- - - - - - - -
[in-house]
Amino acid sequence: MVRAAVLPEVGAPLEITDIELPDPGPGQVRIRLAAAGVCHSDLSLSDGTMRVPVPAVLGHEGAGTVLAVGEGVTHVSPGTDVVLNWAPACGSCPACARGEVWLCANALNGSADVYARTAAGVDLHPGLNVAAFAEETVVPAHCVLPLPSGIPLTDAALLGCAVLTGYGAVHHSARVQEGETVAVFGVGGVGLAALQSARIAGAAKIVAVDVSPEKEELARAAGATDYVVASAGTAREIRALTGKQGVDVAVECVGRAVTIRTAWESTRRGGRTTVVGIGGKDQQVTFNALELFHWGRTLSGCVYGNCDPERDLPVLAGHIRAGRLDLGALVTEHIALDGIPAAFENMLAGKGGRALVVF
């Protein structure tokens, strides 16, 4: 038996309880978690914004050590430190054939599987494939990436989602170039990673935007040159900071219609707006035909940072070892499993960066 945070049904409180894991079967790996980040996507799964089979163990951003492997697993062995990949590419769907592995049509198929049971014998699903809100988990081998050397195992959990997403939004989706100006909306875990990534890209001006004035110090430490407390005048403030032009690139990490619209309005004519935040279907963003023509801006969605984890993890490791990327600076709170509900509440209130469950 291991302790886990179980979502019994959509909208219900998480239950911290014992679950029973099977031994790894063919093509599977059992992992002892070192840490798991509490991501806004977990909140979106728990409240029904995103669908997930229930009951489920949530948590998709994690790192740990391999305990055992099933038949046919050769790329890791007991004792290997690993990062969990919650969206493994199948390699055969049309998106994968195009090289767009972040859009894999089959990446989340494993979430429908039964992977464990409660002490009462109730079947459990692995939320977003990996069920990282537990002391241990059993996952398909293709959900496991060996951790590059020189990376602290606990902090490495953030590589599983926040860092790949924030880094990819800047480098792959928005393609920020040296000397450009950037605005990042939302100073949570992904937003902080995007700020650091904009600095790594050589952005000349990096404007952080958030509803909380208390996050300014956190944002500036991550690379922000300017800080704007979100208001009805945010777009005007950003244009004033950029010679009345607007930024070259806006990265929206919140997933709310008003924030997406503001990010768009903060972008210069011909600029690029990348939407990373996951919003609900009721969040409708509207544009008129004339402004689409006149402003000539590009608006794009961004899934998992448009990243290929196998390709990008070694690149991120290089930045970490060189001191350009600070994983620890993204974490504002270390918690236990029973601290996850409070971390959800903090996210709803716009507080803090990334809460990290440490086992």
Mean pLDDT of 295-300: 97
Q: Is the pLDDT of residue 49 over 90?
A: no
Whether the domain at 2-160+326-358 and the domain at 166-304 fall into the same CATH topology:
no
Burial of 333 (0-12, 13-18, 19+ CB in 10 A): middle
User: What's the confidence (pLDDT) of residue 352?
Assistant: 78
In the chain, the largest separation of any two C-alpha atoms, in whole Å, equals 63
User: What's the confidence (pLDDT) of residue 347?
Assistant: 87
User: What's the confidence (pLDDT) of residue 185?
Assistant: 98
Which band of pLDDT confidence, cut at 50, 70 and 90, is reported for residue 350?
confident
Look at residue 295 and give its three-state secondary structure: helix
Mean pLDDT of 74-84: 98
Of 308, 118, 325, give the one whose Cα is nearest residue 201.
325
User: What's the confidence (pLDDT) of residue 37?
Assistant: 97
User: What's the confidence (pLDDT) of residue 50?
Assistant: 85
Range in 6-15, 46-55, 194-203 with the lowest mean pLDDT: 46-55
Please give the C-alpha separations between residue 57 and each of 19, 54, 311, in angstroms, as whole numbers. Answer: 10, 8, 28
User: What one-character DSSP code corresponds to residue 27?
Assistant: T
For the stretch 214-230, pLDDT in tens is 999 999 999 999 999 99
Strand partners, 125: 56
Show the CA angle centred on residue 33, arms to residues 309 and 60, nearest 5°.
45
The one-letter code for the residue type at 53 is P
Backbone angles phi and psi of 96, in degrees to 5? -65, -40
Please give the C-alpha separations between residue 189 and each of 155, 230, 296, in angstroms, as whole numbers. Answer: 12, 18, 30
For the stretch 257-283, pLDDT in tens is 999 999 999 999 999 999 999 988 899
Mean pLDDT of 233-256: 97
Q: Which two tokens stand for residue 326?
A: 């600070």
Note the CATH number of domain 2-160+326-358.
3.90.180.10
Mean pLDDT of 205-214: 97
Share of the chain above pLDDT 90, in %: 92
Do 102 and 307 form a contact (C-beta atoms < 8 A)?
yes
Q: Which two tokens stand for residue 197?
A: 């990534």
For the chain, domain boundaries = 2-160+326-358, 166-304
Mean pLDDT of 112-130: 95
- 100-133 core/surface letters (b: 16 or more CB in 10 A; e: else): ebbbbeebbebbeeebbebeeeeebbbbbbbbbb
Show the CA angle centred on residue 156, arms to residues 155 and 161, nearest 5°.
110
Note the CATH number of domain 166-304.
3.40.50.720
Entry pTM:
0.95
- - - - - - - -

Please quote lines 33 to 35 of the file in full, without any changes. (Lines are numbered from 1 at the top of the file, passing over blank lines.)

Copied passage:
Show the CA angle centred on residue 33, arms to residues 309 and 60, nearest 5°.
45
The one-letter code for the residue type at 53 is P